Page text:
Another café may be bringing colada and pastelitos to Coral Gables after the city commission approved a settlement and design plan for Tinta y Café at Tuesday’s meeting.
The approval and settlement come after some disagreement between the owner of the property, 1315 Ponce de Leon Blvd., and some nearby neighbors on Salamanca Avenue who opposed the café’s plans for a coffee service walk-up window and outdoor seating.
The settlement has several conditions including: no outdoor live music, no outside speakers or signage except on Ponce de Leon and a cut-off time of 8 p.m. for window service and outdoor seating. The seating is also subject to review by the city’s board of architects and the planning and zoning board.
During Tuesday’s hearing, the opposition didn’t change its opinion and said that while they supported having a vibrant restaurant, they didn’t want the window there at all.
“We object to the window and the outdoor seating which will bring noise, pollution and disrupt our way of life,” neighbor Rachel Lauzurique said.
The café’s owner, Neli Santamarina, had overwhelming support during the meeting as essentially every member of the public, aside from Lauzurique and two other neighbors, spoke in favor of the café.
Although many of the speakers live in other parts of Miami-Dade and frequent Tinta’s current location in Miami, 268 SW Eighth St, some of them were also Gables residents and business owners.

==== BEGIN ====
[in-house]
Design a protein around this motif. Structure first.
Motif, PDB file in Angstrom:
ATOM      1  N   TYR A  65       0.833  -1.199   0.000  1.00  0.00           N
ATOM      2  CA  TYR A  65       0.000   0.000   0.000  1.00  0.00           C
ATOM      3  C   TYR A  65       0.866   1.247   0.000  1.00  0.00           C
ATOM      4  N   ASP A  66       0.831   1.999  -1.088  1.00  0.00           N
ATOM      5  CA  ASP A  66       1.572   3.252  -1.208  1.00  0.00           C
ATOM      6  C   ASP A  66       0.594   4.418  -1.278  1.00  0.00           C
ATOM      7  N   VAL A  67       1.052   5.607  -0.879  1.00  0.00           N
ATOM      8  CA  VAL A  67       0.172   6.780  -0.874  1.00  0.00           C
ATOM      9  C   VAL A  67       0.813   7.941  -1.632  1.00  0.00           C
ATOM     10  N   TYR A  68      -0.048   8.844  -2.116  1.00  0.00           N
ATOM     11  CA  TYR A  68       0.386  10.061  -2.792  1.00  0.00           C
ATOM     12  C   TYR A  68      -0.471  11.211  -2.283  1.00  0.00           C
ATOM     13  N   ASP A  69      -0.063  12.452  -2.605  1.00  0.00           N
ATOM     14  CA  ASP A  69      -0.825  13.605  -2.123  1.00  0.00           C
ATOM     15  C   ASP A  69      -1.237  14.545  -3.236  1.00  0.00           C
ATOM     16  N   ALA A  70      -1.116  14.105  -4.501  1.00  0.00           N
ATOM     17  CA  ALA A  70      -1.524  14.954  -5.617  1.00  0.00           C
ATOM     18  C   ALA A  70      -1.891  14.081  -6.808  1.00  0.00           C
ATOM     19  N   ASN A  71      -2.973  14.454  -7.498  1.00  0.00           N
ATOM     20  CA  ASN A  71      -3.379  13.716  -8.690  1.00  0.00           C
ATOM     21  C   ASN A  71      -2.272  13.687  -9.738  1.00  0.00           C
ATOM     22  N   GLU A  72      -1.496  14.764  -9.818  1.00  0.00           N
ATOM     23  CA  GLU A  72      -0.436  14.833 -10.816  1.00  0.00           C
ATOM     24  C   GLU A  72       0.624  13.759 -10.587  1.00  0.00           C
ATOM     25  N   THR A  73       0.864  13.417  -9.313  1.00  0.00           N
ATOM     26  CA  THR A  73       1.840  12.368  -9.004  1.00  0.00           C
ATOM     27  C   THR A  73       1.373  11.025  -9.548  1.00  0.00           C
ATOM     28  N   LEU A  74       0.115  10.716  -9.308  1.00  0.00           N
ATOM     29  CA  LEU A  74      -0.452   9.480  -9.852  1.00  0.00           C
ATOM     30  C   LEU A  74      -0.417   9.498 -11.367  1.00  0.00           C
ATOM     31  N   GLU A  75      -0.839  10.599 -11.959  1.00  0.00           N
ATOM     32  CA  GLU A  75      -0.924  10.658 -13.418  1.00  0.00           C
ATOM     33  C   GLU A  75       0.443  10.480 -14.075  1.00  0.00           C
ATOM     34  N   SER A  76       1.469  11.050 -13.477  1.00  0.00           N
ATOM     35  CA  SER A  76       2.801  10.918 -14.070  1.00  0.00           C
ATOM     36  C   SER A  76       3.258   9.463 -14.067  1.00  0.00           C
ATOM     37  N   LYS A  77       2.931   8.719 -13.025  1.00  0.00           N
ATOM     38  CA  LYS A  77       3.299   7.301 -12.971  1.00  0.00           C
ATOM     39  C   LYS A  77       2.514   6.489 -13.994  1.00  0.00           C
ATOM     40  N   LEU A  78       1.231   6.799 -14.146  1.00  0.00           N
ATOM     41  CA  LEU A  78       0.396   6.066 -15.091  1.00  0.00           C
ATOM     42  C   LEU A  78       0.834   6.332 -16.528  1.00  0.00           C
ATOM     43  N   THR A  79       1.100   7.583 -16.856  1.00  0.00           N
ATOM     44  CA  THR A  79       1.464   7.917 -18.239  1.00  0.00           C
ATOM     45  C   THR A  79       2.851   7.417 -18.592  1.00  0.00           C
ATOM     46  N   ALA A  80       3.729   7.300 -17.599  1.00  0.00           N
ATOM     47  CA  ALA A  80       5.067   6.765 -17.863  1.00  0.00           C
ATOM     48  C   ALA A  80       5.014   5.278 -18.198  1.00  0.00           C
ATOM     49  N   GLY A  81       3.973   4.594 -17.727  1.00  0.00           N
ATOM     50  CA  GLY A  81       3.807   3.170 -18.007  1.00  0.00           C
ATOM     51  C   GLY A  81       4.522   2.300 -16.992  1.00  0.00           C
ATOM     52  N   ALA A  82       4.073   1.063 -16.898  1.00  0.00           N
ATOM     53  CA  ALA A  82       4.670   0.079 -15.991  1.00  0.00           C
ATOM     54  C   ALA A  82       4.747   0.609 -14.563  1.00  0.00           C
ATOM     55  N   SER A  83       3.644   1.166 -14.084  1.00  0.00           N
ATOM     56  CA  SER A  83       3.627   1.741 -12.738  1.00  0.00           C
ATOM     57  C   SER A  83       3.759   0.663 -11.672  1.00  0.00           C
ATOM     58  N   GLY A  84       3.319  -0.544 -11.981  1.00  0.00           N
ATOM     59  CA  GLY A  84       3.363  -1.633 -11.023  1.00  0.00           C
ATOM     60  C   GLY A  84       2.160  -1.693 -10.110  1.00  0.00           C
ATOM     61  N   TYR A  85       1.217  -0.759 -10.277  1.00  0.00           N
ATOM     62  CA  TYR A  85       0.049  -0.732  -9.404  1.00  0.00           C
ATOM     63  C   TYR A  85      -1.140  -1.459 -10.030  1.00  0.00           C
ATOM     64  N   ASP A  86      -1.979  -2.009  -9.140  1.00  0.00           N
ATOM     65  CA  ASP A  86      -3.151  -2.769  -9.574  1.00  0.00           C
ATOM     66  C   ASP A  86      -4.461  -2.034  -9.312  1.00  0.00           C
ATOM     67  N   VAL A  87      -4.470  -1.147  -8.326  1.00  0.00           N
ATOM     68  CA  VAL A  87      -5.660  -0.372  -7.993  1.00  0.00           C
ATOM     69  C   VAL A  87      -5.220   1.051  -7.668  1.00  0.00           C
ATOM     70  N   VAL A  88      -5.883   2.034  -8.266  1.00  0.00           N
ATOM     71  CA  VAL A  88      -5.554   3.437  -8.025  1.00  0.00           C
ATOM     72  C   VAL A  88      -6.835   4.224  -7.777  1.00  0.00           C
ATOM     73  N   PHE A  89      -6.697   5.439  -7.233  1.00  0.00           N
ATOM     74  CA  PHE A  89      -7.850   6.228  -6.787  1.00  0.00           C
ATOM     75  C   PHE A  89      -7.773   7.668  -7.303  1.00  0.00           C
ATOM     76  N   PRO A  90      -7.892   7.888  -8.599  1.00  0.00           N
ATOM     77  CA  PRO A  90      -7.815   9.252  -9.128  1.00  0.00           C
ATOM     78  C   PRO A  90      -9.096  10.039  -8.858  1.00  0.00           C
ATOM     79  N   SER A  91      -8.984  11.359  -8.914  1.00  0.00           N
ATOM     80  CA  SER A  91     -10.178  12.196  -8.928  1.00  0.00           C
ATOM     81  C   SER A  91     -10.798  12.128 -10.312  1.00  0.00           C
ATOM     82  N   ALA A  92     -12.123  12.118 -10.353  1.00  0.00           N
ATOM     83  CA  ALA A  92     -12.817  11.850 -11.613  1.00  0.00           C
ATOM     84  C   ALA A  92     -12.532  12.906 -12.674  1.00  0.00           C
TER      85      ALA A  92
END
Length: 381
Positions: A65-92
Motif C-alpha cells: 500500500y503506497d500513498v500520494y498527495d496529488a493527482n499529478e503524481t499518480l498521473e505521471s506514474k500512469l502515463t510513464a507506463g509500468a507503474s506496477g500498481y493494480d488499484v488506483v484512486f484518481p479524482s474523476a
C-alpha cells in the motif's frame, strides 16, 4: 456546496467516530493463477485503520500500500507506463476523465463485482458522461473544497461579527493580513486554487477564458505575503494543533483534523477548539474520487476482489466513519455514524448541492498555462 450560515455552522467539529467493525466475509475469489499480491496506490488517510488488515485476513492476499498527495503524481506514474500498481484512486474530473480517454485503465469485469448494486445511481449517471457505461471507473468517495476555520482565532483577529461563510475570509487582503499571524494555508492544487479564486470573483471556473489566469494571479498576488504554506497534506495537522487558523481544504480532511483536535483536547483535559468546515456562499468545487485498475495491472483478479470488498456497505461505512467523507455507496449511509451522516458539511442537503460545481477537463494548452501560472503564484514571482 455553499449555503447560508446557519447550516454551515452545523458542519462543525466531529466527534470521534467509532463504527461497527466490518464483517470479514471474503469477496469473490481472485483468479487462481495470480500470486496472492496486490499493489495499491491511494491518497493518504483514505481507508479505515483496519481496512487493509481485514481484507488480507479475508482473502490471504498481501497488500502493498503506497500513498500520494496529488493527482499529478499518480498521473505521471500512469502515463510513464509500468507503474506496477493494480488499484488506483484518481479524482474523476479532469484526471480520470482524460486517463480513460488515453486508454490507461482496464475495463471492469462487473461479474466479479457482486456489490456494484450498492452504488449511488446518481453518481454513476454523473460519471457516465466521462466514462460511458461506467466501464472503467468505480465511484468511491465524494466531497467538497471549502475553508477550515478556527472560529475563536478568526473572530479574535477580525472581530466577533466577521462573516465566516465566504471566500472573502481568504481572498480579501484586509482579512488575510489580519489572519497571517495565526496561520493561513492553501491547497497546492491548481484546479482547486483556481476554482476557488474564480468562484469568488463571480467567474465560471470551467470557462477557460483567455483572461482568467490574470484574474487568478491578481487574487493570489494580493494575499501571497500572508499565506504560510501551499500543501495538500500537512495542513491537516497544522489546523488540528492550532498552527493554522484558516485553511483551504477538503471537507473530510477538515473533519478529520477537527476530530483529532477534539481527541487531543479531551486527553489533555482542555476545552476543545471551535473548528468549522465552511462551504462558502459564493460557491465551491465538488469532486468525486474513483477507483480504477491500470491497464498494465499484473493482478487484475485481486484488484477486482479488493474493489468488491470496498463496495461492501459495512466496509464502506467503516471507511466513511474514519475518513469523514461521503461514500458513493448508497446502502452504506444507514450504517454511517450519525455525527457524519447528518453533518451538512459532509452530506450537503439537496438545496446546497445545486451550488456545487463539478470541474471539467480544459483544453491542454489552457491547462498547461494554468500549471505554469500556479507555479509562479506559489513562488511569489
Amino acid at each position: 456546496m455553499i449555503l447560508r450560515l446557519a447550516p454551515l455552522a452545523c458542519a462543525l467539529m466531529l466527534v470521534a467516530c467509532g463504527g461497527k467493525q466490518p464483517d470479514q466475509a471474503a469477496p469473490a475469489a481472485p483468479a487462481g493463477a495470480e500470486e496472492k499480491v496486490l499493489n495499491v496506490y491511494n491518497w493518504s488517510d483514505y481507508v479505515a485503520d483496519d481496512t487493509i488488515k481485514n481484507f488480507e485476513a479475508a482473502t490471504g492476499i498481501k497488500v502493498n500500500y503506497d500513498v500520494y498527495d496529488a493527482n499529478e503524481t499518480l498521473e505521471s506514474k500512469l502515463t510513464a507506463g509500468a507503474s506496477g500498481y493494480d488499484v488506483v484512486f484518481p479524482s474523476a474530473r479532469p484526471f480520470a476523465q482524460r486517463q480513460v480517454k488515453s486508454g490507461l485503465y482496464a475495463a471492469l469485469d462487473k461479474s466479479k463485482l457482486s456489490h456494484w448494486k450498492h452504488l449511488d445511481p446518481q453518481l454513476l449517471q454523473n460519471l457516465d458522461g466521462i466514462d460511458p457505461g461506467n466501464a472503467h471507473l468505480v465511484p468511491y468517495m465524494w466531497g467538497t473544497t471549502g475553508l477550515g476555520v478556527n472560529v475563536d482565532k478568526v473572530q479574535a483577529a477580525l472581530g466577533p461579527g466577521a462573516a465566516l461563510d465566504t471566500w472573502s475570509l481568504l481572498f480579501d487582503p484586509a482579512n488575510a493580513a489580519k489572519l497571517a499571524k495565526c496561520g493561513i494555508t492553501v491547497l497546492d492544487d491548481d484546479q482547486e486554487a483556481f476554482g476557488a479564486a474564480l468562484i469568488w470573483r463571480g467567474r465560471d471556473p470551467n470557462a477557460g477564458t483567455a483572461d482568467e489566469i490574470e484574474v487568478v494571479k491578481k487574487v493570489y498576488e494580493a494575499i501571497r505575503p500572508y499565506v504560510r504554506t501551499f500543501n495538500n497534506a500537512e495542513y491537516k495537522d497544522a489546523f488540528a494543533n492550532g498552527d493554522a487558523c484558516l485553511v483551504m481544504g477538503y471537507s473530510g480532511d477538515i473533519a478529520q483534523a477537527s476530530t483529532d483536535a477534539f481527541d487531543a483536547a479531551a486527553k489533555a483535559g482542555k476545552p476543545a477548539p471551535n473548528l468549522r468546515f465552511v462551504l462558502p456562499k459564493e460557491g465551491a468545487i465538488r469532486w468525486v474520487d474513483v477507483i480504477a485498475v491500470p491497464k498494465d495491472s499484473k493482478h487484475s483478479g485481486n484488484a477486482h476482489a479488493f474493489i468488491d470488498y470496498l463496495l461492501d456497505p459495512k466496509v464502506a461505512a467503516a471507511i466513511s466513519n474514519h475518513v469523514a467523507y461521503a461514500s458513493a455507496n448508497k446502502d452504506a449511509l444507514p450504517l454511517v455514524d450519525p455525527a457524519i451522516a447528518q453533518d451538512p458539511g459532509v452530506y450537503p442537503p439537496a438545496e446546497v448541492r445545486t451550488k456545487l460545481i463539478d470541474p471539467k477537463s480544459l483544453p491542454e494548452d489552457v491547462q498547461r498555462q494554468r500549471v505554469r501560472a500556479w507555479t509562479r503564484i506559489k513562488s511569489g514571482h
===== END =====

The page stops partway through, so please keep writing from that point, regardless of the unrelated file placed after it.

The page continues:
They said their experience at the restaurant has been positive, the space has been clean and the window was part of the café’s charm. Patrons also talked about the café’s local and national popularity and the variety of professionals it attracts.
“This is a small coffee house where people of all different walks of life come together, drink some coffee and then go to work,” said attorney Eric Padron, who has a law office on Ponce de Leon.
Still, the residents who disagree with the plan held fast to their beliefs and chastised the commission after the vote was final.
“You have failed this community,” resident William Donnelly yelled from the audience after the commission approved the settlement.
The city commission said they understood the fears expressed by the trio of neighbors, but they they were encouraged by Santamarina’s promises to keep the space orderly and clean.
“I don’t have people hanging out at the window,” Santamarina said. “I’m not Versailles or La Carreta, I’m very small.”
Commissioners were more focused on making improvements to the city code which caused much of the confusion over whether the window was allowed and to improving communication in future instances.
The city’s code prohibits walk-up windows at restaurants along certain roads including Coral Way, Biltmore Way and Ponce between Southwest Eighth Street and Bird Road. But that law does not prohibit windows entirely, just windows used for walk-up service.
The plans for the window at Tinta were allowed to advance through the zoning review process even though City Attorney Craig Leen offered an opinion last July indicating that the walk-up window wasn’t allowed.
“Instead of being done cooperatively among staff, so each of you could talk about the applicability, it was done in these silos,” Commissioner Patricia Keon said. “I do think the conflicting opinions, as a city, was not our best hour.”
The city plans to address some of the ambiguities in the code related to the windows and to outdoor seating through future amendments and public discussions.